Send to

Choose Destination
Biochim Biophys Acta. 2006 Feb;1757(2):135-42. Epub 2006 Jan 18.

Regulation of plant alternative oxidase activity: a tale of two cysteines.

Author information

DCMB Group/Biology Department, Box 91000, Duke University, Durham, NC 27708-1000, USA.


Two Cys residues, Cys(I) and Cys(II), are present in most plant alternative oxidases (AOXs). Cys(I) inactivates AOX by forming a disulfide bond with the corresponding Cys(I) residue on the adjacent subunit of the AOX homodimer. When reduced, Cys(I) associates with alpha-keto acids, such as pyruvate, to activate AOX, an effect mimicked by charged amino acid substitutions at the Cys(I) site. Cys(II) may also be a site of AOX activity regulation, through interaction with the small alpha-keto acid, glyoxylate. Comparison of Arabidopsis AOX1a (AtAOX1a) mutants with single or double substitutions at Cys(I) and Cys(II) confirmed that glyoxylate interacted with either Cys, while the effect of pyruvate (or succinate for AtAOX1a substituted with Ala at Cys(I)) was limited to Cys(I). A variety of Cys(II) substitutions constitutively activated AtAOX1a, indicating that neither the catalytic site nor, unlike at Cys(I), charge repulsion is involved. Independent effects at each Cys were suggested by lack of Cys(II) substitution interference with pyruvate stimulation at Cys(I), and close to additive activation at the two sites. However, results obtained using diamide treatment to covalently link the AtAOX1a subunits by the disulfide bond indicated that Cys(I) must be in the reduced state for activation at Cys(II) to occur.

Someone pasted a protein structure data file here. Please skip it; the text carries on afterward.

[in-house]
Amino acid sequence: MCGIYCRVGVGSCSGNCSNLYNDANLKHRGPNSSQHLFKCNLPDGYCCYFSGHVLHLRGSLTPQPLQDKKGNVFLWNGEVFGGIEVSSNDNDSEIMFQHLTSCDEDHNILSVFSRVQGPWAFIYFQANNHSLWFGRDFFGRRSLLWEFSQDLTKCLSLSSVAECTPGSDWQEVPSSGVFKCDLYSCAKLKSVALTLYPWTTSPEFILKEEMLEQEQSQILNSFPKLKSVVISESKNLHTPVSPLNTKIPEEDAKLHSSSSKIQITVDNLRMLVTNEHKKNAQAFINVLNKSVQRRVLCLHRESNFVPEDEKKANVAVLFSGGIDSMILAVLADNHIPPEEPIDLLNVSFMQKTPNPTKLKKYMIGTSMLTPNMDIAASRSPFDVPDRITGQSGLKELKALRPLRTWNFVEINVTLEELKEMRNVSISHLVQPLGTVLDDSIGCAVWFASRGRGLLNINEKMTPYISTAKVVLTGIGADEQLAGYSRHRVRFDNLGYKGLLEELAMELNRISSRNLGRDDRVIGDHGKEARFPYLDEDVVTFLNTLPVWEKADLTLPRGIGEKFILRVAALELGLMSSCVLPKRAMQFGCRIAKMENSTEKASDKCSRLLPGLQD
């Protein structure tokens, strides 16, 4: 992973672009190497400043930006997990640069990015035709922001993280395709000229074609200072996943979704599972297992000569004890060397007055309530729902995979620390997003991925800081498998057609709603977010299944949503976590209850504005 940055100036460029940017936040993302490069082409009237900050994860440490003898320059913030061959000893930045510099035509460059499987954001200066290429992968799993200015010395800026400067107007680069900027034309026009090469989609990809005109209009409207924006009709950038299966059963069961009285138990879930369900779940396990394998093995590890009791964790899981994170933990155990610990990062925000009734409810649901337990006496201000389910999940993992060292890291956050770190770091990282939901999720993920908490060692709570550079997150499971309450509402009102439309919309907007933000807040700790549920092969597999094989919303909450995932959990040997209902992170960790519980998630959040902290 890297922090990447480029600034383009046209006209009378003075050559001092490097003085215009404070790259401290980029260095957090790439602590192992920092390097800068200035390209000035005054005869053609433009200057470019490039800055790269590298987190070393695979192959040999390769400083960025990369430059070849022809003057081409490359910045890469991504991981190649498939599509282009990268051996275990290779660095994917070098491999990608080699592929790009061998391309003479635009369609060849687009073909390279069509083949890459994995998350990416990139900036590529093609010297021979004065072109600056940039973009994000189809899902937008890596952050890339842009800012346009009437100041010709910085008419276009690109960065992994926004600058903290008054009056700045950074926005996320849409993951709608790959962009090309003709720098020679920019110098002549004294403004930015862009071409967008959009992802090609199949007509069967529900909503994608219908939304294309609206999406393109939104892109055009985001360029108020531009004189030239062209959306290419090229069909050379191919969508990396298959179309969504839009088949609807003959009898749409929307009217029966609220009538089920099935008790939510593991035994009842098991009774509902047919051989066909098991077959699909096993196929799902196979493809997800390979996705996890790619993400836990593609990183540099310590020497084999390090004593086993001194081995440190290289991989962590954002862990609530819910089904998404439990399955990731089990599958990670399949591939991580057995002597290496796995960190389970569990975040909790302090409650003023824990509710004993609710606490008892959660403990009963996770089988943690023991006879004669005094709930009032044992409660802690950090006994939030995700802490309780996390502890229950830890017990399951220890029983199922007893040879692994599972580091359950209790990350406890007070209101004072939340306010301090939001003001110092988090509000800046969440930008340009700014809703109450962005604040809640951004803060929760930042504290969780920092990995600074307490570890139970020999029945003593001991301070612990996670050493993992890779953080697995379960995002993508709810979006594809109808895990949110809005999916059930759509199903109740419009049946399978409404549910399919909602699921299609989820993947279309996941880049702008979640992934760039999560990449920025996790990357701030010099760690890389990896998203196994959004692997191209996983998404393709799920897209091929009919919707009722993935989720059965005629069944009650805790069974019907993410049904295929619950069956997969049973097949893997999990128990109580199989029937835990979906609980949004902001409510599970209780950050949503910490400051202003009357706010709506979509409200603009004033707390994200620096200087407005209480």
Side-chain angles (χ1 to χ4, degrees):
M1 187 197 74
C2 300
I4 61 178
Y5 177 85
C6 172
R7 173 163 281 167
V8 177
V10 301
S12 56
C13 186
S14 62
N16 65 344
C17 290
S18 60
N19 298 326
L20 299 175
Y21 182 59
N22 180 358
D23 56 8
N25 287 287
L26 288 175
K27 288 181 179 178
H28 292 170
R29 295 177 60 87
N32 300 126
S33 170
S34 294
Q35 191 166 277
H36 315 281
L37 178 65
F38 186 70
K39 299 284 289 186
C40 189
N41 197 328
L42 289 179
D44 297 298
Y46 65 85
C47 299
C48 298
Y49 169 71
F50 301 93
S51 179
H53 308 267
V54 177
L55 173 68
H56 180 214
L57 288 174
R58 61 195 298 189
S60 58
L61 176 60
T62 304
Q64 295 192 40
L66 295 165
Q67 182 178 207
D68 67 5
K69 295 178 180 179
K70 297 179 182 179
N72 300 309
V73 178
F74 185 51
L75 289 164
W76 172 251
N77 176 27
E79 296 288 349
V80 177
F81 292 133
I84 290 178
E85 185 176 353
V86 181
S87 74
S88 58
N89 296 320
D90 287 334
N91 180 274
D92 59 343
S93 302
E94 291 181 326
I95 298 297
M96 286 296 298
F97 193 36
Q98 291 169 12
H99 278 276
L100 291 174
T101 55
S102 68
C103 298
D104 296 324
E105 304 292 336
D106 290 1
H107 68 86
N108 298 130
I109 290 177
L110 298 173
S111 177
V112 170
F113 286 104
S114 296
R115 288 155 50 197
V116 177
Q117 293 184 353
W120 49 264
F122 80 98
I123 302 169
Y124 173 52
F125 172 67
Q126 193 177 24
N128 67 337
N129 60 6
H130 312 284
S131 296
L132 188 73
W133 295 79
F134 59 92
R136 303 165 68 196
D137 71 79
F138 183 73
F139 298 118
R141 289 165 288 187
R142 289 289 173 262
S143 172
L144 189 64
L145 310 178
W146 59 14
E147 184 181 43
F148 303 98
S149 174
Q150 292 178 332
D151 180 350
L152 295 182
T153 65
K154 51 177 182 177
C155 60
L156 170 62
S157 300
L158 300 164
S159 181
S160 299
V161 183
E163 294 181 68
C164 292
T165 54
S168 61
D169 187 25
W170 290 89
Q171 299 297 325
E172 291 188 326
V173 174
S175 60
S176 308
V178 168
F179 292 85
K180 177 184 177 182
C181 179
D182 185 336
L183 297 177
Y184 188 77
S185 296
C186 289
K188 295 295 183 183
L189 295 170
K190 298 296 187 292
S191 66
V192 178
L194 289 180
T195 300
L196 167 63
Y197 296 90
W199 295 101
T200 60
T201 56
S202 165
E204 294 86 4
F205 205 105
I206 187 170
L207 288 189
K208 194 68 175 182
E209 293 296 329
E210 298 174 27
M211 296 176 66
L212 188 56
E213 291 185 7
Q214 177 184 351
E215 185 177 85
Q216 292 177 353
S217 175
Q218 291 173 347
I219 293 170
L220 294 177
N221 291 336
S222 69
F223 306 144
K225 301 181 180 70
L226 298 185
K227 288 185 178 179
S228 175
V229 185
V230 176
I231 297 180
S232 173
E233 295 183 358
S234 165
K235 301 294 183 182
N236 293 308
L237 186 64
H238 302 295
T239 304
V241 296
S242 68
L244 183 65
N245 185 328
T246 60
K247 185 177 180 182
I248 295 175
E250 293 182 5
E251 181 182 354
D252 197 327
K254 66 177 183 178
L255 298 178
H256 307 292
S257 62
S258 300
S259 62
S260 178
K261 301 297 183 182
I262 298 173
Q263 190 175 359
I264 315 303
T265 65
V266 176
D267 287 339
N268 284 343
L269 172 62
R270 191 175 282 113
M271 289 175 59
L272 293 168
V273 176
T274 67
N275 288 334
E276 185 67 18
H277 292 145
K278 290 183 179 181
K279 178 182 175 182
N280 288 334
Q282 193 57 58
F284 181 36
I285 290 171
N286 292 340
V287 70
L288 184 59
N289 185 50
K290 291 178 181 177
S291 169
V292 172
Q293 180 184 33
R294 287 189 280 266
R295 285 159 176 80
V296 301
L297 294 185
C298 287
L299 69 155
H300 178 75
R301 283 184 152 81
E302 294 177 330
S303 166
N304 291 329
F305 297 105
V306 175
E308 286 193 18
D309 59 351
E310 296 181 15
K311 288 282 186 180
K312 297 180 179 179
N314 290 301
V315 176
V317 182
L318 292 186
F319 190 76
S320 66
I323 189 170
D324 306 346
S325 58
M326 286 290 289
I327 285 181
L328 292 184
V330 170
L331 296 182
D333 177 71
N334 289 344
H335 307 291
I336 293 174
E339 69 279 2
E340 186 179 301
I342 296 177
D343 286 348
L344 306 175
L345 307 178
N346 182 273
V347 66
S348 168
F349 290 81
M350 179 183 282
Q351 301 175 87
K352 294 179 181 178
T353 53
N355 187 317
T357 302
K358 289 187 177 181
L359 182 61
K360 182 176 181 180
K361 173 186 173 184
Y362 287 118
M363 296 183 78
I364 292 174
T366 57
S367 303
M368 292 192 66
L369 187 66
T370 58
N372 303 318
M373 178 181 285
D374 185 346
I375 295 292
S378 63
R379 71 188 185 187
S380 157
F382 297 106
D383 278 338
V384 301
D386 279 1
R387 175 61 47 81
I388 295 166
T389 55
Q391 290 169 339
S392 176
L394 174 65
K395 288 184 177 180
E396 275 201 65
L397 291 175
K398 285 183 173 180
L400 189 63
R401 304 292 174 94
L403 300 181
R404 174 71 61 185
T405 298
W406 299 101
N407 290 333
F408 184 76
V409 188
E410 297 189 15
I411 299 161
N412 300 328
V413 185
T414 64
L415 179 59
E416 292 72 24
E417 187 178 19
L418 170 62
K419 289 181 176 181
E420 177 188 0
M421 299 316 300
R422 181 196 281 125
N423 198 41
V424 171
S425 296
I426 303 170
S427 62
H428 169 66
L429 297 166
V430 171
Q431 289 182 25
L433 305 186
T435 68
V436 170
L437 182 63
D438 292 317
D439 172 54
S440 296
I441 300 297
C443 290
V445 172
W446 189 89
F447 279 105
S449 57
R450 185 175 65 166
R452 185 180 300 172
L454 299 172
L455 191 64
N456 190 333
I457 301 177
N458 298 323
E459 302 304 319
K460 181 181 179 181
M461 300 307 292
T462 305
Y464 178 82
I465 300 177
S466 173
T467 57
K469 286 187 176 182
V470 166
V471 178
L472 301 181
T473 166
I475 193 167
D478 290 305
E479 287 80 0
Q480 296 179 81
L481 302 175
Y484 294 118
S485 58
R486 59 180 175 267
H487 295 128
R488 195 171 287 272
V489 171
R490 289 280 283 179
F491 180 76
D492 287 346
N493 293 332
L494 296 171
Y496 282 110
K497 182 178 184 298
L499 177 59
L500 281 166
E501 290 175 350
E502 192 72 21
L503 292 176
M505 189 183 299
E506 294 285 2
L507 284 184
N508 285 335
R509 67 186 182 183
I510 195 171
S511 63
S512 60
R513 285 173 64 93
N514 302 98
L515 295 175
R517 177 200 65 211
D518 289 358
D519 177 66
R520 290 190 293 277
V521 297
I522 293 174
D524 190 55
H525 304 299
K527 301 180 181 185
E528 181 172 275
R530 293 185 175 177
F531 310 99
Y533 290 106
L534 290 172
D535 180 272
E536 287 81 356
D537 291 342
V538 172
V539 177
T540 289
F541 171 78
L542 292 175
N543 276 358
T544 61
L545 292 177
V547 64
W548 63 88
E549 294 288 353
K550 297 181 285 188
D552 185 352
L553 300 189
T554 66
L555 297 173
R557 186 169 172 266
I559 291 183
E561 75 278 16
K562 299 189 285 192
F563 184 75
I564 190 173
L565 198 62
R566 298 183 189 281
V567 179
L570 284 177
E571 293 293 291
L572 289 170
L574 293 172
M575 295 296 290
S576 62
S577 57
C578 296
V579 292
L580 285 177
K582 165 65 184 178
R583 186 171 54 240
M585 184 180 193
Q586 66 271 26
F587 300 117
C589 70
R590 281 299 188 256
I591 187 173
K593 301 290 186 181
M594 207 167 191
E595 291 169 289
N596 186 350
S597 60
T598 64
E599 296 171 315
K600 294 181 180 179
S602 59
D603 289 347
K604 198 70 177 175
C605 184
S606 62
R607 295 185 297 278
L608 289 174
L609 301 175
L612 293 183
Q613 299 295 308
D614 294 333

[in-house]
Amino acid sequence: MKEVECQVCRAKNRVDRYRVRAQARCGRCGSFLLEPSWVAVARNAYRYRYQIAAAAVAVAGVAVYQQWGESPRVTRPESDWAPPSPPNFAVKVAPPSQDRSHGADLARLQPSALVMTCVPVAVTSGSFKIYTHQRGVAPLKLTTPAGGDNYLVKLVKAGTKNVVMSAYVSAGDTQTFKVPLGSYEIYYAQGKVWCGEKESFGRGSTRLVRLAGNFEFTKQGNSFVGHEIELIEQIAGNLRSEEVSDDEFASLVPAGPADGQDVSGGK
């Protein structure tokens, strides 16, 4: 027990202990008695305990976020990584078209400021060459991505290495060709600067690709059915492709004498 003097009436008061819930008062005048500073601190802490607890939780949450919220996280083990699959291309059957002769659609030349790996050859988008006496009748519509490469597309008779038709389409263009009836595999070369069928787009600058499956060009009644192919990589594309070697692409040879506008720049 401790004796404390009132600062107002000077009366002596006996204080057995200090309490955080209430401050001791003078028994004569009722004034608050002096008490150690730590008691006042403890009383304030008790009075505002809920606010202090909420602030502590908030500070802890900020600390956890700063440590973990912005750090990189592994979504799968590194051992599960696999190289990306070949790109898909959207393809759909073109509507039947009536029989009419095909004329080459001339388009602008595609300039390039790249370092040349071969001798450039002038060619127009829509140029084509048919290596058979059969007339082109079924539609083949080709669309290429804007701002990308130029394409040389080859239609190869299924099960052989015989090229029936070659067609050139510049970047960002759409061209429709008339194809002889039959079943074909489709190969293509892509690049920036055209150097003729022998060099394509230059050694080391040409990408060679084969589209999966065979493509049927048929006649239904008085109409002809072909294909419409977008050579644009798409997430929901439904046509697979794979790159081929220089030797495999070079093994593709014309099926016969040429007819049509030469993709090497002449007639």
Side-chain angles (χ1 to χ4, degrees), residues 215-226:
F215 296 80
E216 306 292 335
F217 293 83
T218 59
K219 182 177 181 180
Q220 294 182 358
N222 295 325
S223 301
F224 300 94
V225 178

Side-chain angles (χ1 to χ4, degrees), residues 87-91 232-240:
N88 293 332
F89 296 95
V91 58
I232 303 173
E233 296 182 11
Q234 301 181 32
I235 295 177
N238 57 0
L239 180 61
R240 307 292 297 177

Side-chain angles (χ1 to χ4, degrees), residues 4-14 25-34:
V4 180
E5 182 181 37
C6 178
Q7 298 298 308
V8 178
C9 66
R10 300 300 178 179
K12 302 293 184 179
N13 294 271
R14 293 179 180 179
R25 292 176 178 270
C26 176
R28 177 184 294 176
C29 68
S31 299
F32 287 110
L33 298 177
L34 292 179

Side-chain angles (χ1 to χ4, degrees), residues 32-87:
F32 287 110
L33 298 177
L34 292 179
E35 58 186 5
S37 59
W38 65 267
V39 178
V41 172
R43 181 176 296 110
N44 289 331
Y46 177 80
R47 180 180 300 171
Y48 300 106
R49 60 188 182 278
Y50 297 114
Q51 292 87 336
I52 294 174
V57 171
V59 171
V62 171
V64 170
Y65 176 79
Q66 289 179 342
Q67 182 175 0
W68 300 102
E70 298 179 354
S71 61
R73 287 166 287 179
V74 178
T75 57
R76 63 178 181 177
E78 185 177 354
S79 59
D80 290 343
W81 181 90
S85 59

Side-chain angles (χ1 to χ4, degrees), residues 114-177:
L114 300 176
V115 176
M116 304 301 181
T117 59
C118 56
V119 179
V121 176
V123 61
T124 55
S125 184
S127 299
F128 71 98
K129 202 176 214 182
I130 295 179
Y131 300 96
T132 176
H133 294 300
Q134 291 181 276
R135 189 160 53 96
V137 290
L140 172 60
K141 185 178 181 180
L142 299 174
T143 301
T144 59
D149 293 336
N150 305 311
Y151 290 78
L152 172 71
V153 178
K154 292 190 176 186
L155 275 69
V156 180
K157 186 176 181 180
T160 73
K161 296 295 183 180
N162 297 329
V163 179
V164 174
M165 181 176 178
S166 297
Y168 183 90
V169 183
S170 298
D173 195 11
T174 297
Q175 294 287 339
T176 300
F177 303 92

[Indexed for MEDLINE]
Free full text

Supplemental Content

Full text links

Icon for Elsevier Science
Loading ...
Support Center